Viruses mutate—is COVID-19 going to get worse?

The answer depends on what you mean by worse. If you are wondering whether it will mutate in a way that results in more severe illness, probably not. Think about it from an evolutionary perspective. The sicker the patients are, the more likely they'll be at home or in a hospital, not out in the community where they might pass the virus on to others, so a mutation that causes more severe illness would be less likely to spread widely. At the other end of the spectrum, a variant that caused no symptoms at all might not spread very well because the patients wouldn't be coughing and sneezing. Between the contrary pressures of not making patients too sick too fast versus not causing any symptoms at all, evolutionary theory would suggest that the mutations that are most likely to spread would be those that cause milder illness. Of course the same virus can cause very different symptoms depending on the age and health of the patient. Even a virus that is becoming less dangerous on average could still cause a lot of severe illness and even deaths.

Where did it come from?

Here's where understanding a little bit about evolution is especially helpful. When we talk about biodiversity, we may not think of viruses, but in fact there's as much or more diversity among viruses as among animals, plants, or even bacteria. Viruses are diverse, but their survival depends on very specific interactions with living cells. They cannot reproduce themselves; they need to gain entry to a cell and commandeer the cell's protein-making apparatus to churn out new copies of the virus.


So when we try to figure out where a previously unknown virus like COVID-19 came from, the first step is to compare its sequence to known viruses because their hosts are the most likely source. In this case, the new virus is most closely related to other coronaviruses that infect bats. Does that mean that we should be frightened of bats? Probably not, since it doesn't look like the virus was transmitted directly from bats to humans. In the case of the coronaviruses that caused SARS and MERS, bats are also thought to be the original host, but they reached humans through an intermediate host—palm civets (a relative of cats) in the case of SARS and camels in the case of MERS.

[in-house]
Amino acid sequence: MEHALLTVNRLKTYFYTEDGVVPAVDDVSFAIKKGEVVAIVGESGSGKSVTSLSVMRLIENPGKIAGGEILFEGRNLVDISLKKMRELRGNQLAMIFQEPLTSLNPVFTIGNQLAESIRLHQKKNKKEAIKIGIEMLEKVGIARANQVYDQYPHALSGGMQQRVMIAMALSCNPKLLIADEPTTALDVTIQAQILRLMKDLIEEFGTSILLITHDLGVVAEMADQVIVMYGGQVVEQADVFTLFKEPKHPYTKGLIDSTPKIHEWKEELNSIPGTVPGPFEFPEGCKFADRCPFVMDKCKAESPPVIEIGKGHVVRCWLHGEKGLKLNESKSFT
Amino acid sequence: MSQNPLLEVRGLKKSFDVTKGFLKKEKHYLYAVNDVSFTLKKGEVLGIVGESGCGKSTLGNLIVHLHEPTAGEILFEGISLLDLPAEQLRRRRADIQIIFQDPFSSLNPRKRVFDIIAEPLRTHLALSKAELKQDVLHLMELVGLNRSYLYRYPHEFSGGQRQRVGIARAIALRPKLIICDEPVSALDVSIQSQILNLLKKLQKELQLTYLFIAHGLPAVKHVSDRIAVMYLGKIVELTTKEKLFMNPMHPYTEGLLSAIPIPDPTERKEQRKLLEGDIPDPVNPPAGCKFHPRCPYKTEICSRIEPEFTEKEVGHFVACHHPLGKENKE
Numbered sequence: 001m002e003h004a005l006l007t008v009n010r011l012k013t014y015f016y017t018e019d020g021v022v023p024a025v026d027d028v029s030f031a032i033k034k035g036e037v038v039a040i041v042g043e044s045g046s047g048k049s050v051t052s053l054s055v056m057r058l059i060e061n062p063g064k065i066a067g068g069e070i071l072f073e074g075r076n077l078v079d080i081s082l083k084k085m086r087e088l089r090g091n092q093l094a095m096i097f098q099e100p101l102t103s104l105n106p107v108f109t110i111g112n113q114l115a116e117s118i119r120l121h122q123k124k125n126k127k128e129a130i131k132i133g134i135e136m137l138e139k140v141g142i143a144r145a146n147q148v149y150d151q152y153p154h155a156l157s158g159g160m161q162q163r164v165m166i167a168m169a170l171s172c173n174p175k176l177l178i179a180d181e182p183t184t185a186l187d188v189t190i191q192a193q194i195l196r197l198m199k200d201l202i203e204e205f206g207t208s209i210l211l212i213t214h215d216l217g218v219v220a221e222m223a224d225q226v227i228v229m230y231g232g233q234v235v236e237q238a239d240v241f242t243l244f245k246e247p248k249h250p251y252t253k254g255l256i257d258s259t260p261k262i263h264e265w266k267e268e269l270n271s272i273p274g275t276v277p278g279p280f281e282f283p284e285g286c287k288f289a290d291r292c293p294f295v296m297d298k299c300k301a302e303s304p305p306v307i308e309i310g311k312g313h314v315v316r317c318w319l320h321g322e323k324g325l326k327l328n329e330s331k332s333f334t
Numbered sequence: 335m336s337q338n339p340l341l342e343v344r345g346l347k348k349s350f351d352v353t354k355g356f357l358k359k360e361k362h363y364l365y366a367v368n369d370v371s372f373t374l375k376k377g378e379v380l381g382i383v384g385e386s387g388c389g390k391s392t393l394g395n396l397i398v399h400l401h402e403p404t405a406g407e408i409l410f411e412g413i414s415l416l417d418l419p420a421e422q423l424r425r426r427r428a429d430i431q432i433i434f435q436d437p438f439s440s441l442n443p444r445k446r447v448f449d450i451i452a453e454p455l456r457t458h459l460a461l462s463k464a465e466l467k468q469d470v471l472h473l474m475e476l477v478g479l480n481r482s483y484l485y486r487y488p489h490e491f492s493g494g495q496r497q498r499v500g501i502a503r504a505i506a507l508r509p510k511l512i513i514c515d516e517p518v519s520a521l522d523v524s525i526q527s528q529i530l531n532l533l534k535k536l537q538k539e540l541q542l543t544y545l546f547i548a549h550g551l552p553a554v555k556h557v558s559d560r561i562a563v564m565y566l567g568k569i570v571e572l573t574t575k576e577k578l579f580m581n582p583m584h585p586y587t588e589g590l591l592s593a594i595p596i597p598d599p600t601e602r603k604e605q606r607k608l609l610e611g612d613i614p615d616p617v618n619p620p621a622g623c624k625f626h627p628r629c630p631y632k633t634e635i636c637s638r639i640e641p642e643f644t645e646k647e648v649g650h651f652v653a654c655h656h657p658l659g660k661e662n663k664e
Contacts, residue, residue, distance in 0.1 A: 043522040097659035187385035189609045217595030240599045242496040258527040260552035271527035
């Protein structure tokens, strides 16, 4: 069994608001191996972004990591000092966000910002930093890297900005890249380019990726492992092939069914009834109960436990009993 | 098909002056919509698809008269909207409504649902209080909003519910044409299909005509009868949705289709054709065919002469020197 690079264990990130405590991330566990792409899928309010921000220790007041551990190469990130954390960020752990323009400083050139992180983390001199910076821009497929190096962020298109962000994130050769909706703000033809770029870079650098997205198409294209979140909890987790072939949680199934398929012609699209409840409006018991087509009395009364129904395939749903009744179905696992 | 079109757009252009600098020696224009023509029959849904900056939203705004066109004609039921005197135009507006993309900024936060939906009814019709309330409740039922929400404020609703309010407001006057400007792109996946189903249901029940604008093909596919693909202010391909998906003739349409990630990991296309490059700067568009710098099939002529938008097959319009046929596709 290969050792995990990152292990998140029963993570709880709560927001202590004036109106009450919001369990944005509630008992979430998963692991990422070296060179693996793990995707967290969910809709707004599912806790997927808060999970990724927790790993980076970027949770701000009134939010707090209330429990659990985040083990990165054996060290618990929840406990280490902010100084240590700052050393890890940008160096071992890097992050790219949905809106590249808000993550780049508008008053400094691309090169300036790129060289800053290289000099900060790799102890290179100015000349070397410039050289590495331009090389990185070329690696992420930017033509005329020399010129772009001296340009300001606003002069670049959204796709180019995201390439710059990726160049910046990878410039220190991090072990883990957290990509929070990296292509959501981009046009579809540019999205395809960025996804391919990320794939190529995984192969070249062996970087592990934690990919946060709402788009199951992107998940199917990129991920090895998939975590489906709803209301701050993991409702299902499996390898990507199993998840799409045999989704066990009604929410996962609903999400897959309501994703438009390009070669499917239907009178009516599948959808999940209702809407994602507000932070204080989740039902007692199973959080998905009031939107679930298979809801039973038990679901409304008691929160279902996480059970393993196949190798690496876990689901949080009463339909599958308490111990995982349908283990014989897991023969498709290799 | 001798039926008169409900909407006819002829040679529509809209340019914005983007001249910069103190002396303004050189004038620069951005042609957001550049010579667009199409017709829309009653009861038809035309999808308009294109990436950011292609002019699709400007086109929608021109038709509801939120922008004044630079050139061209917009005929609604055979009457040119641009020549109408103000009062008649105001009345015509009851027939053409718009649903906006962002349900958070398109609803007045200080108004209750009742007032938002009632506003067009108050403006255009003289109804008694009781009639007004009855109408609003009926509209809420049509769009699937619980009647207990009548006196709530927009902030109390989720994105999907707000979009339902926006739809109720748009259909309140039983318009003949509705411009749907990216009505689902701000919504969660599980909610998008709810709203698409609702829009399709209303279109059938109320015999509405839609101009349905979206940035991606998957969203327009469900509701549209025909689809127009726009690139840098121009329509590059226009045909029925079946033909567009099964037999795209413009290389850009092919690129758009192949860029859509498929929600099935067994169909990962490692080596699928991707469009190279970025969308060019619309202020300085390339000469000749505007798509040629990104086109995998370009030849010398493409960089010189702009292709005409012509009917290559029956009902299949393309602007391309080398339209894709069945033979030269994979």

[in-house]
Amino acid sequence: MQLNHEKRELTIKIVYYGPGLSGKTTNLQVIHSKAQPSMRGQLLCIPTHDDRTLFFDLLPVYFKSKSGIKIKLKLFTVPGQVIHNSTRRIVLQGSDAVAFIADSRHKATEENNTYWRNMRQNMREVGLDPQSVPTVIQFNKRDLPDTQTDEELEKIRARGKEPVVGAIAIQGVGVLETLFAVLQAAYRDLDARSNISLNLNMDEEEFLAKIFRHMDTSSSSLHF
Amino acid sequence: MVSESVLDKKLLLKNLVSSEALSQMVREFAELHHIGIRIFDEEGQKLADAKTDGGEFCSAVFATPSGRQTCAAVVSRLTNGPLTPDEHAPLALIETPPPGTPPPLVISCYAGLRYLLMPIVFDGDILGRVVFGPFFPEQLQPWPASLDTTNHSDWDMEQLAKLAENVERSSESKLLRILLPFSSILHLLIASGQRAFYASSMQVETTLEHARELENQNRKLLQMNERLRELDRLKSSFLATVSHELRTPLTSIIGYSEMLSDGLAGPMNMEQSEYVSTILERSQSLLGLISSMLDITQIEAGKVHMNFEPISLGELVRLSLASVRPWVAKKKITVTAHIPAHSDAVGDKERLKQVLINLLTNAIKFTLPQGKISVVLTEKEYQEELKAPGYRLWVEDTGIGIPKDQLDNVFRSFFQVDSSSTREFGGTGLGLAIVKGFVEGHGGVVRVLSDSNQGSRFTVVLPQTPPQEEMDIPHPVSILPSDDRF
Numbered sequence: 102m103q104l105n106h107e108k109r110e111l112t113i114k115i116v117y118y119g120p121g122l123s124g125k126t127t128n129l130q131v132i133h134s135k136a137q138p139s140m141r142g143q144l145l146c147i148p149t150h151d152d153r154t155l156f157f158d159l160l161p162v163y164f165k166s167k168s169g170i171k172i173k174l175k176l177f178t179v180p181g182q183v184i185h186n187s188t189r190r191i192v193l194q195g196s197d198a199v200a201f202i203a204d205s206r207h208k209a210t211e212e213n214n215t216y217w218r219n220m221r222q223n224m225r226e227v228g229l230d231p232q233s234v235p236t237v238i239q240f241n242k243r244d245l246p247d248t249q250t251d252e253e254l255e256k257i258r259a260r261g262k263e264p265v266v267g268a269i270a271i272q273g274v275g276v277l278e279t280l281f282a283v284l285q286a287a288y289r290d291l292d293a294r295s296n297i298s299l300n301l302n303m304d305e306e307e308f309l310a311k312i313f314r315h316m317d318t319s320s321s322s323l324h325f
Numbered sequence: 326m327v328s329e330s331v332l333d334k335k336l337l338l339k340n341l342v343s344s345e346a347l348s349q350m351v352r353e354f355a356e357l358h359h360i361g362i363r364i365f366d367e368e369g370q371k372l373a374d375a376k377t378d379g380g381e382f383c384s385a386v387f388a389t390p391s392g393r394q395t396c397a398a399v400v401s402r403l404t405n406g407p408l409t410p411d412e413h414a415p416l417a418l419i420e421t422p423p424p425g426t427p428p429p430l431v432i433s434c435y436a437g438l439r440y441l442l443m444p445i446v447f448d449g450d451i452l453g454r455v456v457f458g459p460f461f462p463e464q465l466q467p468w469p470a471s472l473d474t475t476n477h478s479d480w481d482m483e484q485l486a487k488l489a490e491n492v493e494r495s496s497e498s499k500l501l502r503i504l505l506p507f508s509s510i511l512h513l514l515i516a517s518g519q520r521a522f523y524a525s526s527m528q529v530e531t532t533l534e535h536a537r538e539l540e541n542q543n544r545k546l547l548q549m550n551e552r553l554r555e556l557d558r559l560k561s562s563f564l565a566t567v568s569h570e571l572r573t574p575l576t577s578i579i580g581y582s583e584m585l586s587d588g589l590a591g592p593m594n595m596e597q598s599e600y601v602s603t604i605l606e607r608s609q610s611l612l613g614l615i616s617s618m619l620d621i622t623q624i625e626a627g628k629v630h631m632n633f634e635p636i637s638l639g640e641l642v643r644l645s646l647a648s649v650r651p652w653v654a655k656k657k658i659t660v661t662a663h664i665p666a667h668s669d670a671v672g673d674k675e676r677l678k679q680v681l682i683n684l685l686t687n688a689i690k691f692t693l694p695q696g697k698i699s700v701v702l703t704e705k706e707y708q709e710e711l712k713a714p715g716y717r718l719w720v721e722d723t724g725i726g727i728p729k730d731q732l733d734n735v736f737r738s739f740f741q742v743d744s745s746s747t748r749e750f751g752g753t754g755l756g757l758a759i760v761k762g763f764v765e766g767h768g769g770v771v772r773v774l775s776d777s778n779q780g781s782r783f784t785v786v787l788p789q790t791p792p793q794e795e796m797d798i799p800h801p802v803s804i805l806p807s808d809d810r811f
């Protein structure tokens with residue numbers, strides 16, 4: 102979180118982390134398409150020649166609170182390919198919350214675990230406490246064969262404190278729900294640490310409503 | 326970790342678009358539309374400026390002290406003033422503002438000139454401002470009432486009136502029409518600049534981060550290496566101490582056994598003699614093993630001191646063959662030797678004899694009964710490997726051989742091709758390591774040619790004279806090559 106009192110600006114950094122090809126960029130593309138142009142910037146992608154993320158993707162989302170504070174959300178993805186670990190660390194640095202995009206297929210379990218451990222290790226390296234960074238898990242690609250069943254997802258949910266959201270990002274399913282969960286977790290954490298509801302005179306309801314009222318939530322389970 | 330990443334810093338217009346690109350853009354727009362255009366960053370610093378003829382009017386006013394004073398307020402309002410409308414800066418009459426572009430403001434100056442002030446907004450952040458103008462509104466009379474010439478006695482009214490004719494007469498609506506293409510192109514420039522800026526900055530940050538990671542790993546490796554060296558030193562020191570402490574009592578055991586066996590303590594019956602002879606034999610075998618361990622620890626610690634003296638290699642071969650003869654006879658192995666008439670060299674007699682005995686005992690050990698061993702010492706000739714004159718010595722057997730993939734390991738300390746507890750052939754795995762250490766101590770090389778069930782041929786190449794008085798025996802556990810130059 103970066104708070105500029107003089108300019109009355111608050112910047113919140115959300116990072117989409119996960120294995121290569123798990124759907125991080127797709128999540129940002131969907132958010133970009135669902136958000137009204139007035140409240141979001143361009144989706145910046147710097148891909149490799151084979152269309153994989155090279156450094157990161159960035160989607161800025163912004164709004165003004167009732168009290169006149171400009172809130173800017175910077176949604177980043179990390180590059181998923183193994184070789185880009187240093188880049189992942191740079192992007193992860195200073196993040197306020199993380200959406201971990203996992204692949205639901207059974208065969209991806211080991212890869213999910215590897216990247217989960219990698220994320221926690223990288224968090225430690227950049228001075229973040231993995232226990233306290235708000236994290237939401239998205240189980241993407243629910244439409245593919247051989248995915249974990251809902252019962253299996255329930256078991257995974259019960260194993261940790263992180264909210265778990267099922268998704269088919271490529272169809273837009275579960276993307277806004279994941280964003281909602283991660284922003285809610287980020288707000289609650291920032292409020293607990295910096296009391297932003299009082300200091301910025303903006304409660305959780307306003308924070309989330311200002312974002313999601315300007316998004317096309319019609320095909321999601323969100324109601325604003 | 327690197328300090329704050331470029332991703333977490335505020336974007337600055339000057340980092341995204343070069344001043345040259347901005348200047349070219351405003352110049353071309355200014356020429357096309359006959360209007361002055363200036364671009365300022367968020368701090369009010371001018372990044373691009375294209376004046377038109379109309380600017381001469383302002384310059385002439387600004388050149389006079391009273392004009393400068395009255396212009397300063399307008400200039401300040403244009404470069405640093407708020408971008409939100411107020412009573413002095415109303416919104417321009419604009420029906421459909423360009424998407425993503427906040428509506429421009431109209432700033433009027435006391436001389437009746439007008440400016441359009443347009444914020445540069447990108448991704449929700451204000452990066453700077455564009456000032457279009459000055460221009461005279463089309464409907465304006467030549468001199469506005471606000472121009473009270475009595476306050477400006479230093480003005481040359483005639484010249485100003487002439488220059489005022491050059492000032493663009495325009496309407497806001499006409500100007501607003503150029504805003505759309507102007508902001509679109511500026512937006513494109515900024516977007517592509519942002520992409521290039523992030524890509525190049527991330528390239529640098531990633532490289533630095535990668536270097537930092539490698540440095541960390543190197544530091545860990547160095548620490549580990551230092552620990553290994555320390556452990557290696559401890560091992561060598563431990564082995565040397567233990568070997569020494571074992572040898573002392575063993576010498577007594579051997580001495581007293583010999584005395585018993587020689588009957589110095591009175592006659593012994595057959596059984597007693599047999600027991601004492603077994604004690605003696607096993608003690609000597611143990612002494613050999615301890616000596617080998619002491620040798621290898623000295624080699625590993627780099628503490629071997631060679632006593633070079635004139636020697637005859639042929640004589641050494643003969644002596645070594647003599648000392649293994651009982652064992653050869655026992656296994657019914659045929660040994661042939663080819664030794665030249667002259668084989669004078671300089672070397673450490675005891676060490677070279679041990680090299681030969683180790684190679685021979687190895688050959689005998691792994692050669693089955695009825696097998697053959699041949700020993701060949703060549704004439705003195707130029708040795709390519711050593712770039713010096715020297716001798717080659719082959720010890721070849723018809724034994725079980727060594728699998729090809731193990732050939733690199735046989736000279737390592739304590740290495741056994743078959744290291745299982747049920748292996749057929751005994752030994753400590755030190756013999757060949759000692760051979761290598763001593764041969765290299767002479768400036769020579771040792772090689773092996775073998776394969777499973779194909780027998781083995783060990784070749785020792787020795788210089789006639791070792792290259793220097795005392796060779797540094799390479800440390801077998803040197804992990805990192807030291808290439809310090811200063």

The intermediate host for COVID-19 has not been identified definitely yet, but at this time attention is focused on the pangolin, an unusual mammal that looks kind of like an armadillo but is actually more closely related to carnivores like dogs and cats. There are eight species of pangolin that live in Africa and Asia. Although they are endangered and it is illegal to trade them, pangolins are heavily trafficked. Because their scales are used in traditional Chinese medicine and their meat is also considered a delicacy in China, live pangolins are frequently found in animal markets there. For the moment, a bat-pangolin-human transmission chain is being investigated.

COVID-19 will not be the last virus to jump from animals to humans. One reason is that human populations continue to encroach ever more deeply into wild habitats, thus displacing animals and plants—intentionally or not—far from the ecosystems where checks and balances limit their spread. The other, and incredibly powerful, reason is evolution. The characteristics of viruses that scare us—their ability to infect new hosts, evade immune systems and vaccines, and develop resistance to drugs—can all be better understood by looking at them through the lens of evolutionary theory. Consequently, decisions about surveillance, monitoring, containment, and vaccine and drug development will be immeasurably more efficient and effective if basic principles of evolution are taken into account. Failing to teach our children about evolution is not in anyone's best interests.

NCSE Executive Director Ann Reid
Short Bio

Ann Reid is a former Executive Director of NCSE.